The social and ecological consequences of early cattle ranching in the Little Colorado River Basin, Arizona (page 1 of 3)
Author: William S. Abruzzi. Adapted from: Abruzzi, W. S. 1995. The Social and Ecological Consequences of Early Cattle Ranching in the Little Colorado River Basin. Human Ecology 23: 75-98.
Commercial cattle ranching began in east central Arizona during the late 1880s when thousands of head of cattle were introduced onto the previously unexploited grasslands of the Little Colorado River Basin (map). Most of these animals were imported from western Texas where serious overgrazing had resulted in both catastrophic cattle losses and widespread range deterioration. By the turn of the century, the Texas experience had been repeated in Arizona. This research summary looks at the early development of cattle ranching in the Little Colorado River Basin, the various factors which contributed to overgrazing in the region, and the pervasive effects that early commercial cattle ranching had on the local environment.
The Little Colorado River Basin
The Little Colorado River Basin is a semi-arid region of about 5000 square miles in east central Arizona. Situated at the southern periphery of the Colorado Plateau, the large basin appears as an undulating plain increasing in elevation from north to south. Average elevation ranges from 5000 feet in the lower valley of the Little Colorado to over 8000 feet along the Mogollon Rim. The highest elevations occur in the southeastern portion of the basin, where several peaks in the White Mountains exceed 10,000 feet. Semi-arid scrub vegetation predominates along the lower valley of the Little Colorado River near Holbrook and is succeeded southwards by semi-arid grasslands (the largest single vegetative community in the basin), pinyon-juniper woodlands, ponderosa pine forest, and mixed-conifer forest communities. Narrow riparian habitats are found in a few areas, principally along the Little Colorado River and its tributary Silver Creek.
Early Farming and Settlement
Most of the nearly two dozen small towns currently distributed throughout the Little Colorado area were founded during the late nineteenth century by Mormon pioneers. Colonizing the Little Colorado River Basin with farming communities was an exceedingly difficult task that was eventually achieved only at great individual and collective expense. Many towns sustained near-annual crop failures due to heat, frost, drought, and flooding - frequently to more than one of these causes during a single agricultural season - as well as to hailstorms, insect infestations, and destructive winds. In the end, the colonization succeeded.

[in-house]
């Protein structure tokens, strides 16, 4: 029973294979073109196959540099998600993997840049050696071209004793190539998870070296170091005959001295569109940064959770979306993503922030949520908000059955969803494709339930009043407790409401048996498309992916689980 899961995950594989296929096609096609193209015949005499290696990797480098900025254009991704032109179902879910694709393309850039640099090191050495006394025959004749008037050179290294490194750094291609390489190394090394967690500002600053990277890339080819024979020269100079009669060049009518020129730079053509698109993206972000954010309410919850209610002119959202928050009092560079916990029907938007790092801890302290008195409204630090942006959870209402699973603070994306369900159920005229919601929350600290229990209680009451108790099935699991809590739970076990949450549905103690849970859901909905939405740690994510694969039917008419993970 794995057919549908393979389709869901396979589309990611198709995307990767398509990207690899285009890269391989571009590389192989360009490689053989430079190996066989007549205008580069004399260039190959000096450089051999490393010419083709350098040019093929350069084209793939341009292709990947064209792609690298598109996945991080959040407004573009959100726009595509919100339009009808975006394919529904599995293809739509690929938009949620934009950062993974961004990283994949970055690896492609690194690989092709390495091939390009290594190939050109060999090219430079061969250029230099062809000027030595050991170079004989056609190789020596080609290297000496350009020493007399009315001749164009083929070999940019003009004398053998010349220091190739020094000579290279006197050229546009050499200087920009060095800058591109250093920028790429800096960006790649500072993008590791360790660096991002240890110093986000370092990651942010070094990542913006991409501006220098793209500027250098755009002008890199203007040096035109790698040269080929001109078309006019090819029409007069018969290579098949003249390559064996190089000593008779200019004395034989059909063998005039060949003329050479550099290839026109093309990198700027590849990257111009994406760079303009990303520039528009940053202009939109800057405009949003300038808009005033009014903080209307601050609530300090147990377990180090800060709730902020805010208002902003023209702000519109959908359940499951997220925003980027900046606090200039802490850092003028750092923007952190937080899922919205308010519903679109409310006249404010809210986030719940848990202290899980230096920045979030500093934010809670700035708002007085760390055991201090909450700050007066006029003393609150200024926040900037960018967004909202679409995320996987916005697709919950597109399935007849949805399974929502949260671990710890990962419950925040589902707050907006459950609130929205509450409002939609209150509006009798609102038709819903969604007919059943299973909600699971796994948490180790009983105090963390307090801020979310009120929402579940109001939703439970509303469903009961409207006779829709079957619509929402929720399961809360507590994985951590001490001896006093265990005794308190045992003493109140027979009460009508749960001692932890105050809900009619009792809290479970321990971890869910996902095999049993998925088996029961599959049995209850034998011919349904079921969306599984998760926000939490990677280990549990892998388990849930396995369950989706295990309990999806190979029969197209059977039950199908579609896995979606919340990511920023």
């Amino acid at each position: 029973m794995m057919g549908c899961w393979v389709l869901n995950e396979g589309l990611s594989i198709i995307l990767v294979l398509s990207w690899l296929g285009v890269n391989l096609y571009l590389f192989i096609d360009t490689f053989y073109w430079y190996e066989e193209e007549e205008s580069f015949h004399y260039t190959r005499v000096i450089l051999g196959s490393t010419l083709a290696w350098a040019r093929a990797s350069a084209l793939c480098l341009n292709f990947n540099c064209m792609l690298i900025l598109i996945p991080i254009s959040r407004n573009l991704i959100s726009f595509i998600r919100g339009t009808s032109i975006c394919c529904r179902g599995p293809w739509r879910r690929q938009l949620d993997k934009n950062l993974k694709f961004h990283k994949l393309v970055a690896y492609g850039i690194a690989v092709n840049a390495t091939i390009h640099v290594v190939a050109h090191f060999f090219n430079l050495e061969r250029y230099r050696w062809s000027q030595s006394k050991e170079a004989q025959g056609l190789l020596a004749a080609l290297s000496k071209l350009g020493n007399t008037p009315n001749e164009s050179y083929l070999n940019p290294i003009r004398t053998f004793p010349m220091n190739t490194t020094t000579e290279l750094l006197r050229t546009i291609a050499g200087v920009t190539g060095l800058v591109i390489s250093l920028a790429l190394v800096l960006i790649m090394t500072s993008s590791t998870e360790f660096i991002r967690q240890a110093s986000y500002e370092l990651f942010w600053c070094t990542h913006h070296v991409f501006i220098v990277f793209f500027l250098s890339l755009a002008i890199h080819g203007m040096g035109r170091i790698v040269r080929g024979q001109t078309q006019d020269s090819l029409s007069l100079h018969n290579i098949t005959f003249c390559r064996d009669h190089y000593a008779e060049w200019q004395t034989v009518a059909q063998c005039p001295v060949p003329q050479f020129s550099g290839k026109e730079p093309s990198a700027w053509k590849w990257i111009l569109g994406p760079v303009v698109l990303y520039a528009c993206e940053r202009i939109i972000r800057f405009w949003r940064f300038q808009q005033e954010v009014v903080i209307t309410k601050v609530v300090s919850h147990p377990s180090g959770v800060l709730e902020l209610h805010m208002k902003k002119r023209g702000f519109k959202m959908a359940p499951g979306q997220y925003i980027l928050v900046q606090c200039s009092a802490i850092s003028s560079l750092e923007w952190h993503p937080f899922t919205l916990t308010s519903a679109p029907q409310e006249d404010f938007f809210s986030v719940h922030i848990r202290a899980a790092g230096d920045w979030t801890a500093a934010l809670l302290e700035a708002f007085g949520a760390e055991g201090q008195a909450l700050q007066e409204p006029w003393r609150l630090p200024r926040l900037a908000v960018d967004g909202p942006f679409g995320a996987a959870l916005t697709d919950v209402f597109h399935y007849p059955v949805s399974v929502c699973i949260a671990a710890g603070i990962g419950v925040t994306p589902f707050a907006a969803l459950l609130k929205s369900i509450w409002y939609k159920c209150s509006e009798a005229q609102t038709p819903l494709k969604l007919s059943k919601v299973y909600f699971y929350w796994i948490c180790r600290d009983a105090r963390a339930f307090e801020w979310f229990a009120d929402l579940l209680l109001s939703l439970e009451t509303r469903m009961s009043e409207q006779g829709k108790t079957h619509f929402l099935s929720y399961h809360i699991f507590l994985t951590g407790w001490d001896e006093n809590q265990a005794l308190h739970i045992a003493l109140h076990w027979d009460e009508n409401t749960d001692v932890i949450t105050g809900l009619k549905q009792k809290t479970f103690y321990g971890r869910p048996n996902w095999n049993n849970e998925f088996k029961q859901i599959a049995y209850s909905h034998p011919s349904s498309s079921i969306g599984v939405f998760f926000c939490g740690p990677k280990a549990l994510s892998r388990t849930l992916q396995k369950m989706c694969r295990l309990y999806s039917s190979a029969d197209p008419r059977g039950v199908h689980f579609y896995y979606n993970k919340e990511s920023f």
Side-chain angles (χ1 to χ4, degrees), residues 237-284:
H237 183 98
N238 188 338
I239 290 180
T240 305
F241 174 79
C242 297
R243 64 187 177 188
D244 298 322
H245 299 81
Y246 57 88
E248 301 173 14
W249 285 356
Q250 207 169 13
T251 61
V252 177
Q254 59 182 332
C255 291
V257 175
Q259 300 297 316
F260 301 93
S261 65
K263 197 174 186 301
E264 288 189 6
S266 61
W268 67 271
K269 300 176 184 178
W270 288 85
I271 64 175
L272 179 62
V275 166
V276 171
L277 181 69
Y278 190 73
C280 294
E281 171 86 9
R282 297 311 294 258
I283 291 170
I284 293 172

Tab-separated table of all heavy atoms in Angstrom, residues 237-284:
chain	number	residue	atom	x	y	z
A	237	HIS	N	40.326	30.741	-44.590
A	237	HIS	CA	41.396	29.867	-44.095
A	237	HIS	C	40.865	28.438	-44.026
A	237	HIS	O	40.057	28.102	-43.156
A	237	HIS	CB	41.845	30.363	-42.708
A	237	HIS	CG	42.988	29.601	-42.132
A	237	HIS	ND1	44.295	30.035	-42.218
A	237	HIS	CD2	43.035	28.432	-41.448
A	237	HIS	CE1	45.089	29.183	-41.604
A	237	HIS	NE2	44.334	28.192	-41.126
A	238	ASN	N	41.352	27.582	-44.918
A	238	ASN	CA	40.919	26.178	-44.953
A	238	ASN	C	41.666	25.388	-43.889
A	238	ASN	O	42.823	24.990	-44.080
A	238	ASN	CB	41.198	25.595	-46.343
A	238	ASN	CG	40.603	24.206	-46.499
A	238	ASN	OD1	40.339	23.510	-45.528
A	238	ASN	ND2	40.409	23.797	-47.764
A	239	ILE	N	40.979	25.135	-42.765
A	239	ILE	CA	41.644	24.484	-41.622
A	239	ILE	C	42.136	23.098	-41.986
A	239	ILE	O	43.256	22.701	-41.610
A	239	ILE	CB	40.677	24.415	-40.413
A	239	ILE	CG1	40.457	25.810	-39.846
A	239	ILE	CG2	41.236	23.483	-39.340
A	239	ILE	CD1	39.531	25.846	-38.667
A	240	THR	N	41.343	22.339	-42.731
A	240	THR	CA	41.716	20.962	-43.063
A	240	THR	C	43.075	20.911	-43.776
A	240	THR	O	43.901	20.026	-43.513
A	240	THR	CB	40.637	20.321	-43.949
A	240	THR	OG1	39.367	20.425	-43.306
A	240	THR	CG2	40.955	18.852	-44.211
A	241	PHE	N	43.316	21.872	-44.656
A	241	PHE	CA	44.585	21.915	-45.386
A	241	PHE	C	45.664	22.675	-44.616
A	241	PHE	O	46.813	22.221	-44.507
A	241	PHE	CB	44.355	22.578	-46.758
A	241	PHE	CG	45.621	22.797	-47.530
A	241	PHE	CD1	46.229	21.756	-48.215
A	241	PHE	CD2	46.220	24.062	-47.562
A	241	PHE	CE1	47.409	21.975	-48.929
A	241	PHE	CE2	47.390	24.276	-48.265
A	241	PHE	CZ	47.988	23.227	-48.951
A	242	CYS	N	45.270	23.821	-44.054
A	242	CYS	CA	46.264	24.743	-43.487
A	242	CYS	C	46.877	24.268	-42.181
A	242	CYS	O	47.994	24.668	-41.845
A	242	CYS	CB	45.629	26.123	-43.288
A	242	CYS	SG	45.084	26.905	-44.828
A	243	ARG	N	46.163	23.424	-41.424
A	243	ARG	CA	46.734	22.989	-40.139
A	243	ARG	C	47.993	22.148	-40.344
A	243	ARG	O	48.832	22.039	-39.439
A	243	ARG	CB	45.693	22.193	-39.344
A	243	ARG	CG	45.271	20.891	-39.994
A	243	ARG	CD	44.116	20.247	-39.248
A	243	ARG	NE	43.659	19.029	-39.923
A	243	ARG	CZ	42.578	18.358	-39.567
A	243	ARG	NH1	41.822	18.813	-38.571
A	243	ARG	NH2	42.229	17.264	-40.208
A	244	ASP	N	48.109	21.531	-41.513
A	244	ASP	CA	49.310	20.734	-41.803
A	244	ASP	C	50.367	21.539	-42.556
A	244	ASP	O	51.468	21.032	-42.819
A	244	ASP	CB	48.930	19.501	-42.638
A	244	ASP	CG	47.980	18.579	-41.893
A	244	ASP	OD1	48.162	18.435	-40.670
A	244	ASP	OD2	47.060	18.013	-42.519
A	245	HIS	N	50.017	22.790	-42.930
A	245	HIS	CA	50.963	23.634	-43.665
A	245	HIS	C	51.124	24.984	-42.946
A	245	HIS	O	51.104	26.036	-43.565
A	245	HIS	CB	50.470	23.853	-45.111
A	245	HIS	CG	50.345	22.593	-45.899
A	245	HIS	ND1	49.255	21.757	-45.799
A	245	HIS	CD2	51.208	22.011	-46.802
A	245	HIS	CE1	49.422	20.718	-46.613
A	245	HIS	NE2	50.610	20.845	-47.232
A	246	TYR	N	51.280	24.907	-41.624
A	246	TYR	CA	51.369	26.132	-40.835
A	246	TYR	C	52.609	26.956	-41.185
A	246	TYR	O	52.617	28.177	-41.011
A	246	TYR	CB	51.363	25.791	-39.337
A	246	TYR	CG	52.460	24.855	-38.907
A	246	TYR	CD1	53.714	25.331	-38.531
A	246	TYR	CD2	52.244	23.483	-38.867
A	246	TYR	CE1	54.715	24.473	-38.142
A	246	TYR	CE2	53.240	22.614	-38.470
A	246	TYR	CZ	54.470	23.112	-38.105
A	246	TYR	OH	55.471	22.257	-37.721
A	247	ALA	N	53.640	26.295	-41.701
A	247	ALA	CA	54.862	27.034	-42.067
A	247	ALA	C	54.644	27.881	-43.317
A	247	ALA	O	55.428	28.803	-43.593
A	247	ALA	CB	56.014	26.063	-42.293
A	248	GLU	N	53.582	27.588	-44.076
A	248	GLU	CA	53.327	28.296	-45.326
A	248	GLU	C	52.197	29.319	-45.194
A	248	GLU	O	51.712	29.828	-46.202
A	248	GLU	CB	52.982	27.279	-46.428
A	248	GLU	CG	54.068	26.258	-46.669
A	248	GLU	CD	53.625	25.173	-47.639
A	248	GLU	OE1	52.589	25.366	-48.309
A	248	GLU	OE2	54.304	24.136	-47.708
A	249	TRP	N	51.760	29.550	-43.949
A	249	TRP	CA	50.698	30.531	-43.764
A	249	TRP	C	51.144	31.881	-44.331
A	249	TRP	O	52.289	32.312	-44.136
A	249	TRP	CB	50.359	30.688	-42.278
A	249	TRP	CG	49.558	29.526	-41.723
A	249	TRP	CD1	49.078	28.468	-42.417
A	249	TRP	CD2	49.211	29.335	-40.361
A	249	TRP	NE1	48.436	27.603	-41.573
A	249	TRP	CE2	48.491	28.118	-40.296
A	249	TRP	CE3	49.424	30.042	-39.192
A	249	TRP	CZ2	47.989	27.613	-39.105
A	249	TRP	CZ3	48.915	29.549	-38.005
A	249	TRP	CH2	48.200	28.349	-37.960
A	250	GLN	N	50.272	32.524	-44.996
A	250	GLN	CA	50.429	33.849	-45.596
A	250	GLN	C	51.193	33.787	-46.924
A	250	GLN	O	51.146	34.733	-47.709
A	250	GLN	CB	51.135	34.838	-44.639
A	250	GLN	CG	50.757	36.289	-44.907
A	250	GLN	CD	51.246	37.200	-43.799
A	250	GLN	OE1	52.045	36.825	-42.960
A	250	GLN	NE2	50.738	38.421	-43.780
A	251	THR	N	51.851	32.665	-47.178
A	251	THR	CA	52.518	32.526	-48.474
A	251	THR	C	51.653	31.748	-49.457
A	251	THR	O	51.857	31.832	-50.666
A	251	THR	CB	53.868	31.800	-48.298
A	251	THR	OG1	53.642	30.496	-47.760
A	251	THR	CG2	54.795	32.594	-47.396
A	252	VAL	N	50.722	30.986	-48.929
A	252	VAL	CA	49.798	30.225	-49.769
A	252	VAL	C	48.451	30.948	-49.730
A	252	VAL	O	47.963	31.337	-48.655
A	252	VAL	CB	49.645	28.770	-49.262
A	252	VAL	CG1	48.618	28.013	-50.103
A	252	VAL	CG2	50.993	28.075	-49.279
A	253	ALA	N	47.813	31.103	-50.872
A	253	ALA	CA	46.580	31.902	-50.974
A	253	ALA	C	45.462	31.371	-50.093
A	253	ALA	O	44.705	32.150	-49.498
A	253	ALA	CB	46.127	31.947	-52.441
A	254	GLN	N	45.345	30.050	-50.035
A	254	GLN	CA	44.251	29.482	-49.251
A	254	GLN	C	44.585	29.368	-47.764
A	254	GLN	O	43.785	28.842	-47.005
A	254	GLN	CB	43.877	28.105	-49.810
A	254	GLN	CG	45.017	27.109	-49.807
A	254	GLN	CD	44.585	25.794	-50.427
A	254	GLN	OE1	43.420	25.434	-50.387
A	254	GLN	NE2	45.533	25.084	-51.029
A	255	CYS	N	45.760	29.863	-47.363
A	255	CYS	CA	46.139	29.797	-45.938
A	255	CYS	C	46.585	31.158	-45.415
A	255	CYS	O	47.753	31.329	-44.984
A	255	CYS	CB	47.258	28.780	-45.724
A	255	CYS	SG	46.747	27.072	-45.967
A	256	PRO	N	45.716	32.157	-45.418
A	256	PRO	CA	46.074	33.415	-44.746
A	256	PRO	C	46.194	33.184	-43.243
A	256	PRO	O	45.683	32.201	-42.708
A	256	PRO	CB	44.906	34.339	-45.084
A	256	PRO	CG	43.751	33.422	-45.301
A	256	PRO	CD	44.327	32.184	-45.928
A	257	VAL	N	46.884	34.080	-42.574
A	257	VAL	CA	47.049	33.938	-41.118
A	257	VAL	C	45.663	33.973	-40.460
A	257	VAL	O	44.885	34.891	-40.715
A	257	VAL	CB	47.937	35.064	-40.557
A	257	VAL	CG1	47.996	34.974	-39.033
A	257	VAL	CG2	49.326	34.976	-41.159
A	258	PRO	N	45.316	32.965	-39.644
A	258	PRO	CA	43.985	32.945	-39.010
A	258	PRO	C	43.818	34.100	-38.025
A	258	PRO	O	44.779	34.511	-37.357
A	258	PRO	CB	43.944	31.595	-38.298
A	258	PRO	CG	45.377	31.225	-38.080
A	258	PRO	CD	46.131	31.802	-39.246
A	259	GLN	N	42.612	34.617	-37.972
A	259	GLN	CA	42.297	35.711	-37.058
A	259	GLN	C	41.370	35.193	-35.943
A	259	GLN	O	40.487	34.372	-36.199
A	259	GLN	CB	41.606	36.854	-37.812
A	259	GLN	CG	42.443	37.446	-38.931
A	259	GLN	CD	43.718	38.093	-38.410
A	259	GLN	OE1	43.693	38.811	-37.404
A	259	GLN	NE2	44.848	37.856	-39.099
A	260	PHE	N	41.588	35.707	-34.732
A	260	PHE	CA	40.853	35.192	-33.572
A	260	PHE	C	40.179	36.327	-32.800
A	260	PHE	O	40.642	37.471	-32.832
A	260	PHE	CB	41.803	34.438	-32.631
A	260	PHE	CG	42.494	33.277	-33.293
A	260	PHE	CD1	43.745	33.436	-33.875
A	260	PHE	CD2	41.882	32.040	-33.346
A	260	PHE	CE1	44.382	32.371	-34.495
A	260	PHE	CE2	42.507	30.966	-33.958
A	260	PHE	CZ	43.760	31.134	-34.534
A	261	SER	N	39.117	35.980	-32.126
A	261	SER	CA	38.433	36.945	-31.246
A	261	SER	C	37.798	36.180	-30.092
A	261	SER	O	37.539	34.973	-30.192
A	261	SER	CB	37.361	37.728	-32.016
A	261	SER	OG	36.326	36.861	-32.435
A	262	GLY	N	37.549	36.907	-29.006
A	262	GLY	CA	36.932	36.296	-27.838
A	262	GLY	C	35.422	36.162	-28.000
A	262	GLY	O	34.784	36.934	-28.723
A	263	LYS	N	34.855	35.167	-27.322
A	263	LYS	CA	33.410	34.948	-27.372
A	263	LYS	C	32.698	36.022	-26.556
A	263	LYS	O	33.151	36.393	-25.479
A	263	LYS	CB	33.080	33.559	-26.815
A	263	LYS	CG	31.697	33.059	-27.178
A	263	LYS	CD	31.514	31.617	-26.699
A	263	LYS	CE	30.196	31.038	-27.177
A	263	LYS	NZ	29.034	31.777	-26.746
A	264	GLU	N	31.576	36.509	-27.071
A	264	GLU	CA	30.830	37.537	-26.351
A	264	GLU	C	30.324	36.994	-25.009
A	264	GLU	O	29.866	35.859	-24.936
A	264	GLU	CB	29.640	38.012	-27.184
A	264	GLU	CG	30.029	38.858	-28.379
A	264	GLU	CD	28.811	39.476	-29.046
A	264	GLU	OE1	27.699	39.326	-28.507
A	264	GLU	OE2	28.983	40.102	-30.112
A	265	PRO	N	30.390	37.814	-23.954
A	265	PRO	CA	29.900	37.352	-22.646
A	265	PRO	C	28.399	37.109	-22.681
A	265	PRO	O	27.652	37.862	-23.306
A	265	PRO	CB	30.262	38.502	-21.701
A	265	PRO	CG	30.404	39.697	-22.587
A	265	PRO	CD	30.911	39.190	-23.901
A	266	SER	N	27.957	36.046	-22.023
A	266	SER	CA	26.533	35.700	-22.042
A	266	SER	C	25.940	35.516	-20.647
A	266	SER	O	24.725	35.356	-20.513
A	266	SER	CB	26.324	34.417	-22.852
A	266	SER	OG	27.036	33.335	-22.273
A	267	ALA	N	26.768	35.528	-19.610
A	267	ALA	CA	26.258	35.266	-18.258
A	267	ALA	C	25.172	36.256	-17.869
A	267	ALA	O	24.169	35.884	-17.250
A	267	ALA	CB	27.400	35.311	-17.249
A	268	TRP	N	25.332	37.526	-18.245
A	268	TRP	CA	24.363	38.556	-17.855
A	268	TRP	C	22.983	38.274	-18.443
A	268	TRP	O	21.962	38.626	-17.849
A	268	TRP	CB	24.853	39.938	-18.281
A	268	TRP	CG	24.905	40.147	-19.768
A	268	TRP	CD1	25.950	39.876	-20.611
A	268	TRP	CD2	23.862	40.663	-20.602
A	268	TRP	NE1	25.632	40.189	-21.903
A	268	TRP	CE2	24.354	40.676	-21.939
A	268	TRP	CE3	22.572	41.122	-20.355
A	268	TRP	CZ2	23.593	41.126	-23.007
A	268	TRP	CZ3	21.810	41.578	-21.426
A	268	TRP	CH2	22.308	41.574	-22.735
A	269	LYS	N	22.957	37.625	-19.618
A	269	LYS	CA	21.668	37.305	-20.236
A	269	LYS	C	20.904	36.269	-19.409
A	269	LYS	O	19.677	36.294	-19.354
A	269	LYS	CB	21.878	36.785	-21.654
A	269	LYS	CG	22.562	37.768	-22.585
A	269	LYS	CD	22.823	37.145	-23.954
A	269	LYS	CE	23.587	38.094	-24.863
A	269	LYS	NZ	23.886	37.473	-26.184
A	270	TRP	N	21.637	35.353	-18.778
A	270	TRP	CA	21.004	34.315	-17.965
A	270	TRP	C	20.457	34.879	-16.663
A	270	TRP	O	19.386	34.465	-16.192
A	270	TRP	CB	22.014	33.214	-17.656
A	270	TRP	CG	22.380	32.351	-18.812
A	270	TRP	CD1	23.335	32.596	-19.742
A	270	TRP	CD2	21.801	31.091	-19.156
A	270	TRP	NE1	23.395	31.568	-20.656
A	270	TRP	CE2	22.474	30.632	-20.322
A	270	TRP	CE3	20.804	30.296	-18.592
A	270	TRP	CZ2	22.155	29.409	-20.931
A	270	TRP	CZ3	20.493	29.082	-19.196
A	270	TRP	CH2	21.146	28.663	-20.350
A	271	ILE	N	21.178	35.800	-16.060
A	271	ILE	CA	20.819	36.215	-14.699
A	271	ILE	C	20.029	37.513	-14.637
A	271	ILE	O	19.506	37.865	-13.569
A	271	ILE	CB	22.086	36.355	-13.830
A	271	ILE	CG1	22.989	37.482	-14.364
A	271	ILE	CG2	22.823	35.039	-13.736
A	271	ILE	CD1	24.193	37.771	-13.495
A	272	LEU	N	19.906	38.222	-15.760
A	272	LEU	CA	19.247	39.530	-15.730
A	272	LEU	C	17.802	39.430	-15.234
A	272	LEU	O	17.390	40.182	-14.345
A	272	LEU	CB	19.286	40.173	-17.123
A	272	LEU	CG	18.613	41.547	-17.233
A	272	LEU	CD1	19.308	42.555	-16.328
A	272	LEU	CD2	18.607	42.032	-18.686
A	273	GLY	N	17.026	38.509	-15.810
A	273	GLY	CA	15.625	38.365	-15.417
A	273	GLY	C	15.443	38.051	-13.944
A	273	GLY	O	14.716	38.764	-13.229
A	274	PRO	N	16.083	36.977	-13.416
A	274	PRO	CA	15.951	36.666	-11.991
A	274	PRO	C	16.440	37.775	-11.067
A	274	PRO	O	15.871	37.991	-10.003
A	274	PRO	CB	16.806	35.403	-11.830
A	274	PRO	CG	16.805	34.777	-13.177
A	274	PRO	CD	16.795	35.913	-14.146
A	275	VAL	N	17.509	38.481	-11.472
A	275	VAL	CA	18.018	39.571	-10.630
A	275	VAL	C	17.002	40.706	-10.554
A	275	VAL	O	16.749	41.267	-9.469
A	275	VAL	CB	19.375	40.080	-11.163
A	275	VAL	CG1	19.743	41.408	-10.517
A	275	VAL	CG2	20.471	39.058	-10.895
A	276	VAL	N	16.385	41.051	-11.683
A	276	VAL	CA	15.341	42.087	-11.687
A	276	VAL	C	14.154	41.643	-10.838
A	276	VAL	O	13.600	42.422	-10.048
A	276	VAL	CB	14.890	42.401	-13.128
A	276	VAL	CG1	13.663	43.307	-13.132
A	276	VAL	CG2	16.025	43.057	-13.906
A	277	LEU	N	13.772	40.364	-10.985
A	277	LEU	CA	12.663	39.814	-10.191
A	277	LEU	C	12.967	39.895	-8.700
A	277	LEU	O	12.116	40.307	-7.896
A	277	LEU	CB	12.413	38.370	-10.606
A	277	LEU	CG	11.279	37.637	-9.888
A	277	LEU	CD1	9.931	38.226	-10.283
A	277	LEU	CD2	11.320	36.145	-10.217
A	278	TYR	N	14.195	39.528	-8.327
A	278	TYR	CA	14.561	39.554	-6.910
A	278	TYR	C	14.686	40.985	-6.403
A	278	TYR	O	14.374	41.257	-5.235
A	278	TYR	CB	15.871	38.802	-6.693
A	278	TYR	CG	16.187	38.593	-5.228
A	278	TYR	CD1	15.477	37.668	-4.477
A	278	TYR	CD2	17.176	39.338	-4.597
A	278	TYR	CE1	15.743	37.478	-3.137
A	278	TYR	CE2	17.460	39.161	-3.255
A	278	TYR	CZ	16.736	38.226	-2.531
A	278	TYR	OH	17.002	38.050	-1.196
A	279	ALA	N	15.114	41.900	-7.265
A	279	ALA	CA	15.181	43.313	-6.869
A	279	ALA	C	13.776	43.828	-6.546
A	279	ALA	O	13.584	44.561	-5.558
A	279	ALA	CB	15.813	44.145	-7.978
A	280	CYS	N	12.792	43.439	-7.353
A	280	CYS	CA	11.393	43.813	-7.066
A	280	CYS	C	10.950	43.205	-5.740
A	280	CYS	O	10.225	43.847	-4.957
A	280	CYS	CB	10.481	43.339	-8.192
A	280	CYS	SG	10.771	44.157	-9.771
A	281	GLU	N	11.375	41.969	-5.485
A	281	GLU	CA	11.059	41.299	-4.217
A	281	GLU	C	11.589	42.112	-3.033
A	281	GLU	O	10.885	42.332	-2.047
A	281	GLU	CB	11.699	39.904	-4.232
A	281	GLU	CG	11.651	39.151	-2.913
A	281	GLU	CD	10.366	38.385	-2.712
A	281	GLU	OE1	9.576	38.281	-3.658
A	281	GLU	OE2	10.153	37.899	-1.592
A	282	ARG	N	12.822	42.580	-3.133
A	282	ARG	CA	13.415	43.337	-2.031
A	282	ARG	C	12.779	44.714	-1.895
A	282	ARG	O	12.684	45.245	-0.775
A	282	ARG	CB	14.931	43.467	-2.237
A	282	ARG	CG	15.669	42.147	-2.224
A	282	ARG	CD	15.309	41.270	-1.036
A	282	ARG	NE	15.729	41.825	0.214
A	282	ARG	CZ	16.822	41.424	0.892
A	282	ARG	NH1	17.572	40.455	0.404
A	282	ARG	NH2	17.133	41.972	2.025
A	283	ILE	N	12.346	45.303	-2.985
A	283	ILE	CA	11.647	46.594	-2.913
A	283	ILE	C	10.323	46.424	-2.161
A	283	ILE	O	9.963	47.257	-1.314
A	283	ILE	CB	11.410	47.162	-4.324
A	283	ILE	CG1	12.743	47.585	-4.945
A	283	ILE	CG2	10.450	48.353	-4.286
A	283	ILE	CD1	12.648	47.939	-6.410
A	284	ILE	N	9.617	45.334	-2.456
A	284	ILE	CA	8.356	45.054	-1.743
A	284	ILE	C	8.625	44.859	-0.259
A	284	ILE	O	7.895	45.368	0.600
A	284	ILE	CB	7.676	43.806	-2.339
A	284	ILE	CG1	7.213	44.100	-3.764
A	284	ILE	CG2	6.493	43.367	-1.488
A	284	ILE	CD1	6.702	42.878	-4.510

The Advent of the Railroad
In 1866, Congress authorized the construction of a railroad line along the 35th parallel, and the Atlantic and Pacific Railroad arrived in the Little Colorado River basin in 1881. Initially, the Mormon settlements received important benefits from the arrival of the railroad. The advent of the railroad offered a critical employment opportunity for the local Mormon population and made the acquisition of food and supplies easier and less costly in this remote region. The growth of newly-established Holbrook and Winslow along the railroad line and the regional population increase which followed the railroad's arrival also created a growing local market for produce.
The most significant consequence of the arrival of the railroad, however, was that it opened this previously isolated territory to exploitation by powerful economic interests outside the region, in particular those associated with the highly speculative range cattle industry of the time. Holbrook, which was founded in 1881, quickly emerged as the central shipping point for all of northeastern Arizona, and both livestock and livestock products became the principal freight shipped from there. The largest single enterprise to enter the Little Colorado River Basin during the nineteenth century as a result of the arrival of the railroad was the Aztec Land and Cattle Company.